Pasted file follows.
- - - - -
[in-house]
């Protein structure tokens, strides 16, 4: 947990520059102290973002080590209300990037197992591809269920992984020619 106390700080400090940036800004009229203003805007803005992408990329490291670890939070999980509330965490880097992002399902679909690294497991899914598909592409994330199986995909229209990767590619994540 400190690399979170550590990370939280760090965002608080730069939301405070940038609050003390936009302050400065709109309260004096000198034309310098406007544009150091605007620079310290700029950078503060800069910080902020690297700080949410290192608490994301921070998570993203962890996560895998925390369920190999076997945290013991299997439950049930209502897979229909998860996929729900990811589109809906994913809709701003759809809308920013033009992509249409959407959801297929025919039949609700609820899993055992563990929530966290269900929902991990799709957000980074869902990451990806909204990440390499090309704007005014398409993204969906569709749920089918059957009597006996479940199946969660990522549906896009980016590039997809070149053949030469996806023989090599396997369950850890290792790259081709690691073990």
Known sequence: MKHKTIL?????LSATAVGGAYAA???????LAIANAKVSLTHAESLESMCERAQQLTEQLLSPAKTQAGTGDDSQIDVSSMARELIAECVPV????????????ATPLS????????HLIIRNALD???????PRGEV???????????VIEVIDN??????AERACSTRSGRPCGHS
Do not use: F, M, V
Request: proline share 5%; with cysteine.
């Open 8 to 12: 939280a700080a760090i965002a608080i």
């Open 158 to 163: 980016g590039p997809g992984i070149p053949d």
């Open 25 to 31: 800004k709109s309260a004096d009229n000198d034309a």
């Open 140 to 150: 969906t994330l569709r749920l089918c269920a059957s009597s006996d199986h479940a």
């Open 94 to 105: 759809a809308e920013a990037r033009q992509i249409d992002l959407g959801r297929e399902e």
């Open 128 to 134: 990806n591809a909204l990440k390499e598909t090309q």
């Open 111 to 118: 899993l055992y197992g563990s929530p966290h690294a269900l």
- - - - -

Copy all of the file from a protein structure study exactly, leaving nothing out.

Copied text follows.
[in-house]
């Protein structure tokens, strides 16, 4: 947990520059102290973002080590209300990037197992591809269920992984020619 106390700080400090940036800004009229203003805007803005992408990329490291670890939070999980509330965490880097992002399902679909690294497991899914598909592409994330199986995909229209990767590619994540 400190690399979170550590990370939280760090965002608080730069939301405070940038609050003390936009302050400065709109309260004096000198034309310098406007544009150091605007620079310290700029950078503060800069910080902020690297700080949410290192608490994301921070998570993203962890996560895998925390369920190999076997945290013991299997439950049930209502897979229909998860996929729900990811589109809906994913809709701003759809809308920013033009992509249409959407959801297929025919039949609700609820899993055992563990929530966290269900929902991990799709957000980074869902990451990806909204990440390499090309704007005014398409993204969906569709749920089918059957009597006996479940199946969660990522549906896009980016590039997809070149053949030469996806023989090599396997369950850890290792790259081709690691073990």
Known sequence: MKHKTIL?????LSATAVGGAYAA???????LAIANAKVSLTHAESLESMCERAQQLTEQLLSPAKTQAGTGDDSQIDVSSMARELIAECVPV????????????ATPLS????????HLIIRNALD???????PRGEV???????????VIEVIDN??????AERACSTRSGRPCGHS
Do not use: F, M, V
Request: proline share 5%; with cysteine.
């Open 8 to 12: 939280a700080a760090i965002a608080i």
């Open 158 to 163: 980016g590039p997809g992984i070149p053949d």
């Open 25 to 31: 800004k709109s309260a004096d009229n000198d034309a």
């Open 140 to 150: 969906t994330l569709r749920l089918c269920a059957s009597s006996d199986h479940a």
């Open 94 to 105: 759809a809308e920013a990037r033009q992509i249409d992002l959407g959801r297929e399902e």
């Open 128 to 134: 990806n591809a909204l990440k390499e598909t090309q």
């Open 111 to 118: 899993l055992y197992g563990s929530p966290h690294a269900l």